I admit that I fell in love with fear

2022-05-06 0 By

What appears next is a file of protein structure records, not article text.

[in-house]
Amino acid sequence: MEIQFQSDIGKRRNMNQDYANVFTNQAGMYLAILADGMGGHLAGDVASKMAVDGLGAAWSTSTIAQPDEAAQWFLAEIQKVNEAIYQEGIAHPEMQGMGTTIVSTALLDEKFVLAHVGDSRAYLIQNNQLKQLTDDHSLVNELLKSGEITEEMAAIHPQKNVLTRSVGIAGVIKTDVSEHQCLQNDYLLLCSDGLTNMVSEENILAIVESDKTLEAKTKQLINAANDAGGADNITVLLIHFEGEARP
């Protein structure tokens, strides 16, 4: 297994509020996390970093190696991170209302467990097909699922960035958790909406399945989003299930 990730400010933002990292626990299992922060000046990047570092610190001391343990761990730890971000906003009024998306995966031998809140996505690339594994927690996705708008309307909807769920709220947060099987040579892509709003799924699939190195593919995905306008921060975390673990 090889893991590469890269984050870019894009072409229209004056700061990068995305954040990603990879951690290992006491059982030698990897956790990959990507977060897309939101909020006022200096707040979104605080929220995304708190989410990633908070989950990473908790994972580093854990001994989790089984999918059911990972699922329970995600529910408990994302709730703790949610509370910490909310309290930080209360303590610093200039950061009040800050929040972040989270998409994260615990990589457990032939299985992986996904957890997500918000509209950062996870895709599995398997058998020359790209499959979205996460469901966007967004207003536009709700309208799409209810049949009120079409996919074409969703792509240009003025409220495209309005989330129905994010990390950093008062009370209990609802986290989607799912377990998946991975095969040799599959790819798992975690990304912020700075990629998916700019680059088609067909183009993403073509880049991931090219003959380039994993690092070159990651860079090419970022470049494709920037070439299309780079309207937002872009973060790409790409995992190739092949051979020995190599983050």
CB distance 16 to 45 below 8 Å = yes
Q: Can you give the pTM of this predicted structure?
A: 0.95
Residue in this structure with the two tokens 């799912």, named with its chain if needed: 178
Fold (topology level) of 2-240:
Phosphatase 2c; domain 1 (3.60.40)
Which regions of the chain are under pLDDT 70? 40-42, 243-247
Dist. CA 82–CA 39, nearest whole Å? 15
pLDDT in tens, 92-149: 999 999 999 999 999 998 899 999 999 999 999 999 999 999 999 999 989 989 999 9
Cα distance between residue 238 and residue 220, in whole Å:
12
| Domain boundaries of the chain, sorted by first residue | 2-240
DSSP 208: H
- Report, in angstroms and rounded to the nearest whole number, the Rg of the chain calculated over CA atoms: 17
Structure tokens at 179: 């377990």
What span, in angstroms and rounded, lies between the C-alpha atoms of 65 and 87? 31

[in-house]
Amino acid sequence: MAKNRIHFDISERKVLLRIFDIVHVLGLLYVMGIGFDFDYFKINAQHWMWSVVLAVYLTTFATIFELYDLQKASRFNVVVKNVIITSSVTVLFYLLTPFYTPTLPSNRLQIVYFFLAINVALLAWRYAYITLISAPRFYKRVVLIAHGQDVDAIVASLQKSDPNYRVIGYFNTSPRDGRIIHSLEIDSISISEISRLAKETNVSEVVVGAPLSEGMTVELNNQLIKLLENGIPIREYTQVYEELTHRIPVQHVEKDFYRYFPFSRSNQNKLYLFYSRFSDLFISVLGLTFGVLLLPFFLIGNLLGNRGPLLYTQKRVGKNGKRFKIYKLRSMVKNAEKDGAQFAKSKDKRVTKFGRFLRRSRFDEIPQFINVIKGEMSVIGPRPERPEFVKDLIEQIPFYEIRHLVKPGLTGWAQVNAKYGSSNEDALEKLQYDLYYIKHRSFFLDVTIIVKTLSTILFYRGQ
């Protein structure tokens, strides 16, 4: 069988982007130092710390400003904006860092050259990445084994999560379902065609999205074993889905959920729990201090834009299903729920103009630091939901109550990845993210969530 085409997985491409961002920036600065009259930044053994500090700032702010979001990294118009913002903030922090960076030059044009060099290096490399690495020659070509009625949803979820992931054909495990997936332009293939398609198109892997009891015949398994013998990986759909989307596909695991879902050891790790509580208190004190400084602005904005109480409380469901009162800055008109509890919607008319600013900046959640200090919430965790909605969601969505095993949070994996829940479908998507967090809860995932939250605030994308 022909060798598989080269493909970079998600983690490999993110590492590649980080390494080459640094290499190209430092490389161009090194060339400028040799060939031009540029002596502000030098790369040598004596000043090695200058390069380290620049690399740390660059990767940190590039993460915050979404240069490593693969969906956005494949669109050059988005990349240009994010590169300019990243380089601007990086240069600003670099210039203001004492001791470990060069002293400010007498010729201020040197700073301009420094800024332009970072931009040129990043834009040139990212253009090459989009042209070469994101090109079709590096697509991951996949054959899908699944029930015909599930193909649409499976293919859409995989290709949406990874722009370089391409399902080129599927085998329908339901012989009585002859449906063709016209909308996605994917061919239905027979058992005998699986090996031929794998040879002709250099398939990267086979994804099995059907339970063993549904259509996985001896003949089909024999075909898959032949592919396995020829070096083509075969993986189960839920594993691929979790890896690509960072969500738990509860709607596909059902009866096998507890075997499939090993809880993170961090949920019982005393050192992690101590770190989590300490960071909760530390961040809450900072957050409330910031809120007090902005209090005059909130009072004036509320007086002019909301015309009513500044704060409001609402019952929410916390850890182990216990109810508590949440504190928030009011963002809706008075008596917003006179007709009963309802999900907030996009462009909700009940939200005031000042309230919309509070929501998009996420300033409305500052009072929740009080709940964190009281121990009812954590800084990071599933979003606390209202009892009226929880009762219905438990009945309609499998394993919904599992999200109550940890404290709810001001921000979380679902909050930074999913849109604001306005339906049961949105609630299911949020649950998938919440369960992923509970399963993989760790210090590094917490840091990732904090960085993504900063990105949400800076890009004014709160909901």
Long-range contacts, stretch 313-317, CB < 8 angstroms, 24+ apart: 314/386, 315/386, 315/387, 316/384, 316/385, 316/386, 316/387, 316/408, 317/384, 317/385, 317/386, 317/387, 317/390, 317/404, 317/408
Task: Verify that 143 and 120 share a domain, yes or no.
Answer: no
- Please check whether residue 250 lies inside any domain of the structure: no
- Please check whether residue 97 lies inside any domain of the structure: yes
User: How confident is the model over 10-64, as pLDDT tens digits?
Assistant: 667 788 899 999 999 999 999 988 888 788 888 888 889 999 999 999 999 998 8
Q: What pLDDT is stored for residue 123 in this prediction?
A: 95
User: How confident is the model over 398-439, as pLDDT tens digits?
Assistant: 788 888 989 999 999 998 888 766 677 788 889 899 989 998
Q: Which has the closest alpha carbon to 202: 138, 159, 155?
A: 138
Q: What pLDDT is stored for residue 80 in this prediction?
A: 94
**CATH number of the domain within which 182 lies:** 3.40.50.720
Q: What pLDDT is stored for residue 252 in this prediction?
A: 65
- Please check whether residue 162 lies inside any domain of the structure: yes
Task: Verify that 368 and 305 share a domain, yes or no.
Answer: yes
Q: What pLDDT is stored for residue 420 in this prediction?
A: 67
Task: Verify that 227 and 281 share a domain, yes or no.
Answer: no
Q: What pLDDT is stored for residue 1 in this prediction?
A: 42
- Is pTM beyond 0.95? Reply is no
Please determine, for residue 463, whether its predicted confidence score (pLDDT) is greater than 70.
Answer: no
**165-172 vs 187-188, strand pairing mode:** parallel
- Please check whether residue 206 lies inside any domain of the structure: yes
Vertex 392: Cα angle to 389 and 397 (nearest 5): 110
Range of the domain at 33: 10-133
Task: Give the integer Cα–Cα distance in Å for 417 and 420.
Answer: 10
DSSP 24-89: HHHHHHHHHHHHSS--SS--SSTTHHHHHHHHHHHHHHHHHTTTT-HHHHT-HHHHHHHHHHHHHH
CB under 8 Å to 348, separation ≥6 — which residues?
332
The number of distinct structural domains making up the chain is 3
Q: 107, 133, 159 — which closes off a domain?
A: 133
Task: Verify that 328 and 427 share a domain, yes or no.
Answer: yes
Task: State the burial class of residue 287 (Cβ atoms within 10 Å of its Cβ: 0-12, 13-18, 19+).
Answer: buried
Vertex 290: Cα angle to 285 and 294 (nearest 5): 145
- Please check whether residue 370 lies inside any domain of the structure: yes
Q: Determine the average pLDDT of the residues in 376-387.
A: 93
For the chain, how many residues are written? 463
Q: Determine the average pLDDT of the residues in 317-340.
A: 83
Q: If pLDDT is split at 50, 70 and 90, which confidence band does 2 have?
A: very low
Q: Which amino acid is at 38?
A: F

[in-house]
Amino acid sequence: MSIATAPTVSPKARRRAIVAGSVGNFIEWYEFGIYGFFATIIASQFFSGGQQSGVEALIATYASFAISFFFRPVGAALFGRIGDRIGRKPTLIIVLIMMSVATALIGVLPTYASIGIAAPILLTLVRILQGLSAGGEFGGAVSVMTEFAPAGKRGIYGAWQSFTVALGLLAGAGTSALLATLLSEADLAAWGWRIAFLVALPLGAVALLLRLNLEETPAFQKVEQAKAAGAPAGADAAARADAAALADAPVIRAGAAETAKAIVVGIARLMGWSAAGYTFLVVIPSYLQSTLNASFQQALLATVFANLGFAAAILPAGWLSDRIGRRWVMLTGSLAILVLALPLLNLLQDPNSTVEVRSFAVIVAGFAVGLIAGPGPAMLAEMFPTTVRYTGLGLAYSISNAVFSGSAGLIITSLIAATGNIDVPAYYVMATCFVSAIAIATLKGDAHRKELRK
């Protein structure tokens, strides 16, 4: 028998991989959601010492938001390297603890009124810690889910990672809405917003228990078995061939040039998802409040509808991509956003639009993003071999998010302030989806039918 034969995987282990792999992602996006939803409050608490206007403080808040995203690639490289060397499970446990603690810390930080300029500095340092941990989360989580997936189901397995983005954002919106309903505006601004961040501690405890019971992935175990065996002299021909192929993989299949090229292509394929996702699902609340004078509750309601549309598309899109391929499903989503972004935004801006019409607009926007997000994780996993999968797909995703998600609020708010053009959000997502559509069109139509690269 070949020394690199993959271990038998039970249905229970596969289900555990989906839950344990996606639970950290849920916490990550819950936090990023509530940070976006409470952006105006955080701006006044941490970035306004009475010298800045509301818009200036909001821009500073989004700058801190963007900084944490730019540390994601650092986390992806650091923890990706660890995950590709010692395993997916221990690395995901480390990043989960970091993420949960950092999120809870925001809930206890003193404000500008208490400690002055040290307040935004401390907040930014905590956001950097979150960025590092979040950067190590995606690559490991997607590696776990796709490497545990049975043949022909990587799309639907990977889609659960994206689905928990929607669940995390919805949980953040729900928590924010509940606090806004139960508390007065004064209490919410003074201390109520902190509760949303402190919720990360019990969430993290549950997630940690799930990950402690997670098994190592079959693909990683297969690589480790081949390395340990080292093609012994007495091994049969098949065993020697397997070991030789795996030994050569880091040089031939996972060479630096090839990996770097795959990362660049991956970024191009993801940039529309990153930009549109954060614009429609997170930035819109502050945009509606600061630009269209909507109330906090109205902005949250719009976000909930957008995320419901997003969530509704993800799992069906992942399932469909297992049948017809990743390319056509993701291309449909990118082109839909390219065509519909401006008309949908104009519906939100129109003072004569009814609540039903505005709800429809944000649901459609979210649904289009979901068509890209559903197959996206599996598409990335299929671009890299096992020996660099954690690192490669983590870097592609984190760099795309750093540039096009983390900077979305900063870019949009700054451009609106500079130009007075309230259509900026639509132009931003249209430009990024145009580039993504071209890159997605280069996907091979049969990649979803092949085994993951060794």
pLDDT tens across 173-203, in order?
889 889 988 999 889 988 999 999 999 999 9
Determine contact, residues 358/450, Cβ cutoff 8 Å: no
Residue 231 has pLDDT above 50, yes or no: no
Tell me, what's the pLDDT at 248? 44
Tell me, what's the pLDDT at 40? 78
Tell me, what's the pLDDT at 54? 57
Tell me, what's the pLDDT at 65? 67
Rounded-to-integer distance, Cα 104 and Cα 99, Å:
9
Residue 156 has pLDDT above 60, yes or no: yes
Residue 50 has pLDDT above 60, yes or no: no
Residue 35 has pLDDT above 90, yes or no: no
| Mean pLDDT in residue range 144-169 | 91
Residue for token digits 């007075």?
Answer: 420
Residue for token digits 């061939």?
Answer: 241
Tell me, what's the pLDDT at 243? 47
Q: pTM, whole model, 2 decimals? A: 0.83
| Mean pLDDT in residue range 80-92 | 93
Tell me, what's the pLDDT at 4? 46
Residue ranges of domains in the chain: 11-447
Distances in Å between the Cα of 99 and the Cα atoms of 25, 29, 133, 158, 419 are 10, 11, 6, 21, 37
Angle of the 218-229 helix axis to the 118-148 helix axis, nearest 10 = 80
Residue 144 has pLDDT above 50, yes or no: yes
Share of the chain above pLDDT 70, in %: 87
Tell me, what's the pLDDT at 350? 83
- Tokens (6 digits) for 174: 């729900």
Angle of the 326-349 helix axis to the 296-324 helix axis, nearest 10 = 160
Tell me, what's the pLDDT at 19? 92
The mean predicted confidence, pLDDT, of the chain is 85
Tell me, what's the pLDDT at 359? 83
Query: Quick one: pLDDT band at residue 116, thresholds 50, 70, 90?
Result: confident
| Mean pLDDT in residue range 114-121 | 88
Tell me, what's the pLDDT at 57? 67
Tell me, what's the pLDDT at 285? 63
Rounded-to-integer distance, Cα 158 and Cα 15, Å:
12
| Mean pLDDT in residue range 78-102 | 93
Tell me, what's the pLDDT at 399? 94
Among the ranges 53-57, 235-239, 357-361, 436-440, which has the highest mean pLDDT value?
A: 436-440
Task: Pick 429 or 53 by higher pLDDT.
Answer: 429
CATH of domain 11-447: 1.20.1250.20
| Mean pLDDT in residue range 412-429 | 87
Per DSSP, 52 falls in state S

For the last 10 years of my 18 years, I have been searching for a tumultuous, fearful love.I’m a professional freestyle skier, and the pair of skis on my feet, the 22-foot halfpipe, and the stunts are my main sources of adrenaline, the core of what makes extreme sports truly addictive.Like all charmed lovers (at least the ones I read about in fiction, since I don’t have the experience in real life), your significant other can sometimes be very…Capricious.In fact, fear is a general term for three different feelings: excitement, uncertainty, and stress.I have discovered that each of these feelings has subtle indicators that can help you succeed if they are recognized and used in a positive way, and that if their principles are ignored, these feelings can be a precursor to injury.While it’s easy to label athletes in extreme sports as “fearless” or “wayward,” neither the countless hours I spent crafting my techniques nor the countless hours I spent in foam pits (where foam particles are everywhere) and in airbags would suggest otherwise.We’re going against our biological instincts and putting ourselves at risk.While we do everything we can to prepare ourselves physically, no amount of safety net simulation training can equal the snow slope we will face when we take off from a steep slope, throw our bodies into the air and land on it.Rather than ignoring fear, we need to develop a unique relationship with it by developing a deep sense of self and a thoughtful risk assessment.The first step in this work is called visualization: before I try a new technique, I feel a tension in my chest (between the bottom of my throat and the top of my diaphragm, to be precise).I took a deep breath and closed my eyes.When I climb the huge take-off ramp, I stretch my legs imaginatively to maximize lift.I then mentally picture twisting my upper body in the opposite direction, creating torque, and then bouncing it back in the other direction.Now, in my mind’s eye, I’m already in the air.For the first time AFTER jumping, I would look behind me, then my body would spin and drag my eyes to the cloudless sky above me.The wind was a kind of music in my ears, each 360 degree rotation providing a musical beat to my movements.When my feet are underneath me, I can find out where I’m going to land just before PULLING my body into the second flip.When I’m back in a forward-facing position, I imagine my legs swinging under my feet and letting the front end of my snowshoe hit the ground with my weight.I smile, open my eyes, and a 1440-degree flip is complete.After a few seconds of “visualization,” the sense of urgency in my chest would rise and fall, then spread — and we’d reached the critical stage of emerging from the cocoon into a butterfly.Excitement is a product of adrenaline, and it’s something I love and love.I strike a precarious balance between confidence in my own safety to perform miracles and the excitement of an unpredictable experience to come.I’ve heard this state of mind be called the zone, and I experienced it last fall when I became the first female snowboarder in history to complete a 1440-degree off-axis spin.Unfortunately, it’s easy for your uncertainty to overwhelm your confidence.Imperfect preparation makes my palms sweat and shifts the tension I mentioned earlier into my stomach, making each breath shallower than the last.The feeling is not panic, but something akin to fear.Danger signals can trigger evolutionary instincts.If I choose to ignore the safety mechanism, my body may act involuntarily in the air, spinning out of control and forcing me to prepare for the impact, because that’s when I really fear that if I fully engage in the action, it could have catastrophic consequences.Every freestyle skier aims to recognize the subtle difference between excitement and uncertainty in order to maximize performance while minimizing the risk of injury.But athletes can either suppress or reinforce this buried desire to “prove themselves,” depending largely on their confidence.As a young adult female athlete, I take pride in the fact that I can increase my self-esteem and minimize my need for expectations, thereby controlling the pressure around me.Whether alone or in front of the world, I focus on appreciating the present, judging the present, and enjoying what sports bring me.While my personal perspective and that of the world will always evolve over time, one thing remains the same: NO matter how much time passes, I will remain a hopeless romantic in the face of fear